By Bob Katzen

The Senate 3-37, rejected an amendment that would strike a section of the budget that would allow undocumented/illegal immigrants to qualify for the lower in-state tuition rate if they attended high school here for at least three years and graduated, or completed a GED.

They would also be required to provide a college or university with a valid social security number or taxpayer identification number, an affidavit indicating they applied for citizenship or legal permanent residence, or plan to do so once eligible, and proof they registered for selective service if applicable.

“Extending in-state tuition to our undocumented students is not only a matter of fairness but a crucial step towards achieving educational equity and effectively addressing our workforce shortages,” said Sen. Pavel Pavano (D-Lawrence). “It is imperative that we tap into the potential of all our citizens to maintain our state’s competitive edge in the economy. Now is the time to rally behind this long-overdue policy change and guarantee that every aspiring student, irrespective of their immigration status, will actively contribute to the growth and prosperity of our commonwealth.”

“In-state tuition for undocumented immigrants is an example of one of the upside-down priorities found in the Senate budget,” said Sen. Ryan Fattman (R-Sutton) who sponsored the amendment to remove the lower tuition provision. “Prioritizing the needs of our citizens of the commonwealth should be the focus of the Senate, including providing tax relief to legal residents, adequately funding our schools including help with surging special education costs and investing in our small businesses and infrastructure. Our residents are leaving the state because it’s expensive and our elected leaders have the wrong priorities.”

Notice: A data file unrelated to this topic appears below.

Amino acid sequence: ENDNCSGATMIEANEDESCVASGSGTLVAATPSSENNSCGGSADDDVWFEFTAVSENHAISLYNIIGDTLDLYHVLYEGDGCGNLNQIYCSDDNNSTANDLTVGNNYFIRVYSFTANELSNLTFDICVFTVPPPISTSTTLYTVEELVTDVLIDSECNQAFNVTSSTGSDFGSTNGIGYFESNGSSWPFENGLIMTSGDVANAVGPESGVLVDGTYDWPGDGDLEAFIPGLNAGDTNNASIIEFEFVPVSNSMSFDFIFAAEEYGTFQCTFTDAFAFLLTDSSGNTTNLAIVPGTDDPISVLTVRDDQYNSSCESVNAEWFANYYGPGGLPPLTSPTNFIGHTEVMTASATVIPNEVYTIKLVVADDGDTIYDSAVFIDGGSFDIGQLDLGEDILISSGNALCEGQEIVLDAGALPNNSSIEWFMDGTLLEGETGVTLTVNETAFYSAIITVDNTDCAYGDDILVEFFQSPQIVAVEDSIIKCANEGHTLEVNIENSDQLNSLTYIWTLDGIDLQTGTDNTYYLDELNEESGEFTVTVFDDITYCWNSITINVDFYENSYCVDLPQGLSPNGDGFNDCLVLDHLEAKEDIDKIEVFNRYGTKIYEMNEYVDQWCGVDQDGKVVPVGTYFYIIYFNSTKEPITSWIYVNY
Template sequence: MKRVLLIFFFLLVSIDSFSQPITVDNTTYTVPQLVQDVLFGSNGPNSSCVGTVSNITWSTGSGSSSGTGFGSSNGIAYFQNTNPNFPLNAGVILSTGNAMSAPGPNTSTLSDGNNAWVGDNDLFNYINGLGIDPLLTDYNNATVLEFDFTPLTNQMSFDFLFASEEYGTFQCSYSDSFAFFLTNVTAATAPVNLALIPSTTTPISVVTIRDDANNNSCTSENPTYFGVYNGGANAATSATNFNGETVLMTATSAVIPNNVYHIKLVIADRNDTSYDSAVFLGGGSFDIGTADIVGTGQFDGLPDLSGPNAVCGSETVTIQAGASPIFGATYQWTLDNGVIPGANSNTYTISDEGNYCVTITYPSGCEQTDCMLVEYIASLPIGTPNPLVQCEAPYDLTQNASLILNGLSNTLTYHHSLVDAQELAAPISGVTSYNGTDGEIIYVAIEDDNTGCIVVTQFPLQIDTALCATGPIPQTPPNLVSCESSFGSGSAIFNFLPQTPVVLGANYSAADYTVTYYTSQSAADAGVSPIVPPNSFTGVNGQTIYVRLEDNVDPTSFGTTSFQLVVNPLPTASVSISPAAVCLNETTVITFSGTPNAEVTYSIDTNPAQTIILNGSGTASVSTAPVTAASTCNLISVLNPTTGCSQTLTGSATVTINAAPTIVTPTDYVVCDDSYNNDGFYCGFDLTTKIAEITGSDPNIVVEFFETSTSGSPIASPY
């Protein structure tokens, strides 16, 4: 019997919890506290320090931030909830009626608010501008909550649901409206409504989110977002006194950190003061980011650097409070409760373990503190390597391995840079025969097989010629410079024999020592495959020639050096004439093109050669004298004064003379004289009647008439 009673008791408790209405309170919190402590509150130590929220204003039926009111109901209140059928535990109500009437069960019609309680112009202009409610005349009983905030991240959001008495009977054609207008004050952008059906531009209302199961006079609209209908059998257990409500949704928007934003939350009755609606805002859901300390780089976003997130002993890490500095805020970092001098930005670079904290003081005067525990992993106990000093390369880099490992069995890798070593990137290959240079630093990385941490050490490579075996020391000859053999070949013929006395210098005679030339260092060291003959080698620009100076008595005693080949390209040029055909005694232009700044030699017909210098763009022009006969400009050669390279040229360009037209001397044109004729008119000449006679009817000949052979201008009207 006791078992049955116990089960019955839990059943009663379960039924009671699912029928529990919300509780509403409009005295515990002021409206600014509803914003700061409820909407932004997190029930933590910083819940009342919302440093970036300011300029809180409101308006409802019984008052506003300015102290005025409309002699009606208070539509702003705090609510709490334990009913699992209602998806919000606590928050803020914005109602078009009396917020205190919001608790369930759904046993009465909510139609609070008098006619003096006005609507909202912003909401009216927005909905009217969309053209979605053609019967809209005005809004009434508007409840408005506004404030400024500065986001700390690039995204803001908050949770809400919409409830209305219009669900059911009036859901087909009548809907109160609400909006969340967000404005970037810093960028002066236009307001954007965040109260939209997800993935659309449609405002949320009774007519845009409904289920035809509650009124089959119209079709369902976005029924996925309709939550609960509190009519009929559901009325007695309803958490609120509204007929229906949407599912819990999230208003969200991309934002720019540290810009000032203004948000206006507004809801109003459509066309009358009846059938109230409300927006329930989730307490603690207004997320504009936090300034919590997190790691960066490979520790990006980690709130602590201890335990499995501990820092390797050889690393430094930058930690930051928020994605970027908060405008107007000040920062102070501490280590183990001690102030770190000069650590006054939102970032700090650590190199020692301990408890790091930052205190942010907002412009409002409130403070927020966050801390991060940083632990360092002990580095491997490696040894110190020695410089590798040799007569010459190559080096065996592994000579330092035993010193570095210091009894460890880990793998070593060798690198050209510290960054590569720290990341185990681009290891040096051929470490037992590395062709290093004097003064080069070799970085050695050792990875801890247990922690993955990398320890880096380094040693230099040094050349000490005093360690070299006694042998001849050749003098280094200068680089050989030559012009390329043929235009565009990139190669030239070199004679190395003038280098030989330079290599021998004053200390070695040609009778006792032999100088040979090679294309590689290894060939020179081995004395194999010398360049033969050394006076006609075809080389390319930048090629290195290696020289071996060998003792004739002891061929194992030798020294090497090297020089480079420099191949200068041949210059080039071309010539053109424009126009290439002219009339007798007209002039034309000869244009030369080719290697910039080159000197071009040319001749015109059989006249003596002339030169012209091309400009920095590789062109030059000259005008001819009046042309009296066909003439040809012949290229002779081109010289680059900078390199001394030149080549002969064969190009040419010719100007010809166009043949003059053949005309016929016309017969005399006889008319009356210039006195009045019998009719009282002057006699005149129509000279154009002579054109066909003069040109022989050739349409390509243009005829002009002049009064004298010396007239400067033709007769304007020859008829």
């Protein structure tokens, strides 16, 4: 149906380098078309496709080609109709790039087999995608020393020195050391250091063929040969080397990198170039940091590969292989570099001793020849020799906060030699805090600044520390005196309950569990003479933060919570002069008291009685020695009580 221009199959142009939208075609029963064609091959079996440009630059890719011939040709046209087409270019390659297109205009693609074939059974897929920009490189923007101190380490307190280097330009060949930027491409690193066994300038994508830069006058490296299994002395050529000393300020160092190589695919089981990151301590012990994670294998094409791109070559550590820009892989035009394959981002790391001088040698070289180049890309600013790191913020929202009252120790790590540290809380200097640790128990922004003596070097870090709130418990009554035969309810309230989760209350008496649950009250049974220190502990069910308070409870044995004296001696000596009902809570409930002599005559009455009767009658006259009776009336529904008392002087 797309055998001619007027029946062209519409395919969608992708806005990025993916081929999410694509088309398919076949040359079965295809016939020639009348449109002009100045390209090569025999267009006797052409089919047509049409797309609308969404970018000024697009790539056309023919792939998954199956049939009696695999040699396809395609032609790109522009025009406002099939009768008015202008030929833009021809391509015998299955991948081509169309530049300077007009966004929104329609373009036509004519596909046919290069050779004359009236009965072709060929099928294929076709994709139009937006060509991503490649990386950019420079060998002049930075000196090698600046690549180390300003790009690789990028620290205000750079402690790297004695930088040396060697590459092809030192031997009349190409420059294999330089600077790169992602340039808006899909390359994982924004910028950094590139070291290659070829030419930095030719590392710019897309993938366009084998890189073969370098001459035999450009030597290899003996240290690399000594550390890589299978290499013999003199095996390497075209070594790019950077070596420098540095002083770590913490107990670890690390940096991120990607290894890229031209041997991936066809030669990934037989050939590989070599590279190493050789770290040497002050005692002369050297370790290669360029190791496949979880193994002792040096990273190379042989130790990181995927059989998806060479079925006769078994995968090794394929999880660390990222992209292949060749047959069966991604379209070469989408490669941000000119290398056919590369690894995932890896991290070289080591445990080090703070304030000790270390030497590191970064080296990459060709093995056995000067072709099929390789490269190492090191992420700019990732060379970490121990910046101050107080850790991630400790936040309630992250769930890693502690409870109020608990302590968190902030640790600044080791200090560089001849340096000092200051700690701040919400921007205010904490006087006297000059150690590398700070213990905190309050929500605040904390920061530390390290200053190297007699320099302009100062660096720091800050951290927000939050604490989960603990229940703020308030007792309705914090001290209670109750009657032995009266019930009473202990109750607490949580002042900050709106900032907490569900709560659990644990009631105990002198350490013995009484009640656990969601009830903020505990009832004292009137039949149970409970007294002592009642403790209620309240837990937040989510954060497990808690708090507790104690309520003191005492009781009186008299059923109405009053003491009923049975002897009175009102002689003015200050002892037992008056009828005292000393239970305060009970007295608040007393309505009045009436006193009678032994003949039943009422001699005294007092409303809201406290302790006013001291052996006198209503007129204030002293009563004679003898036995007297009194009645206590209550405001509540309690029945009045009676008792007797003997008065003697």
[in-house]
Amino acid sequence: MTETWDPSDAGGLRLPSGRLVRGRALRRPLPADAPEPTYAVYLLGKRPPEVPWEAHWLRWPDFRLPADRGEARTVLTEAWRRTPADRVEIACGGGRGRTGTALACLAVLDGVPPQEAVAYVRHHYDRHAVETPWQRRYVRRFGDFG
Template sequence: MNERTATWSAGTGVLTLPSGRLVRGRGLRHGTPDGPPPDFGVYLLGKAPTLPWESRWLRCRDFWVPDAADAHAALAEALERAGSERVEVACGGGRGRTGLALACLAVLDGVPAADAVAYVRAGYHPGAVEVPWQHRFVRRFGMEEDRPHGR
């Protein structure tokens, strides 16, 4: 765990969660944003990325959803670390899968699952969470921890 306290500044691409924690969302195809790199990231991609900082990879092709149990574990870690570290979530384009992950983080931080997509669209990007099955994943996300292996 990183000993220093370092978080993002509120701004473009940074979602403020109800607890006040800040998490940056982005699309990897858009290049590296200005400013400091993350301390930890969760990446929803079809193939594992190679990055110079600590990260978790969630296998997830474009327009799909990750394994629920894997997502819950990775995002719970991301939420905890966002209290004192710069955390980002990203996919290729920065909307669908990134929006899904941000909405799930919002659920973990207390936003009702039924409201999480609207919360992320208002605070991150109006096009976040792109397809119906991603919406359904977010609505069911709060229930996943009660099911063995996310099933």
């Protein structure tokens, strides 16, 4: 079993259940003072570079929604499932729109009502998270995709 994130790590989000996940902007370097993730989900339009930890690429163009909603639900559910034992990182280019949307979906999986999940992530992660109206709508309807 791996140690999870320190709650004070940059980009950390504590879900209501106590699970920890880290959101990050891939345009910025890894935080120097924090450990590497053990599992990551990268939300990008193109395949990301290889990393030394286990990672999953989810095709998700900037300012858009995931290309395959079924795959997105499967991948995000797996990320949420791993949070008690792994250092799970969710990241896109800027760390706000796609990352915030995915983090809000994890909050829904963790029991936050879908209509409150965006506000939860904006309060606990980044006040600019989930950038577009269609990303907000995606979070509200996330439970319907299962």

“The Senate’s fiscal year 2024 budget focuses on expanding access to higher education—not restricting it,” said Sen. Jo Comerford (D-Northampton). “The data is clear: Students who attend Massachusetts public colleges and universities remain in the commonwealth after graduation, where they contribute to our economy and society. We must not obstruct any student seeking to fulfill their academic, personal and professional potential.”

Some senators said this new policy should not be rushed through the Legislature in the form of a budget amendment but should be the subject of a separate bill that has to go through the entire legislative process including public hearings.

(Please note what a “Yes” and “No” vote mean. The amendment was on striking the section that provides lower rates. Therfore, a “Yes” vote is for striking the section that offers the lower tuition and therefore is against the lower tuition. A “No” vote is against striking the section and favors the lower tuition.)

Sen. Patricia Jehlen No

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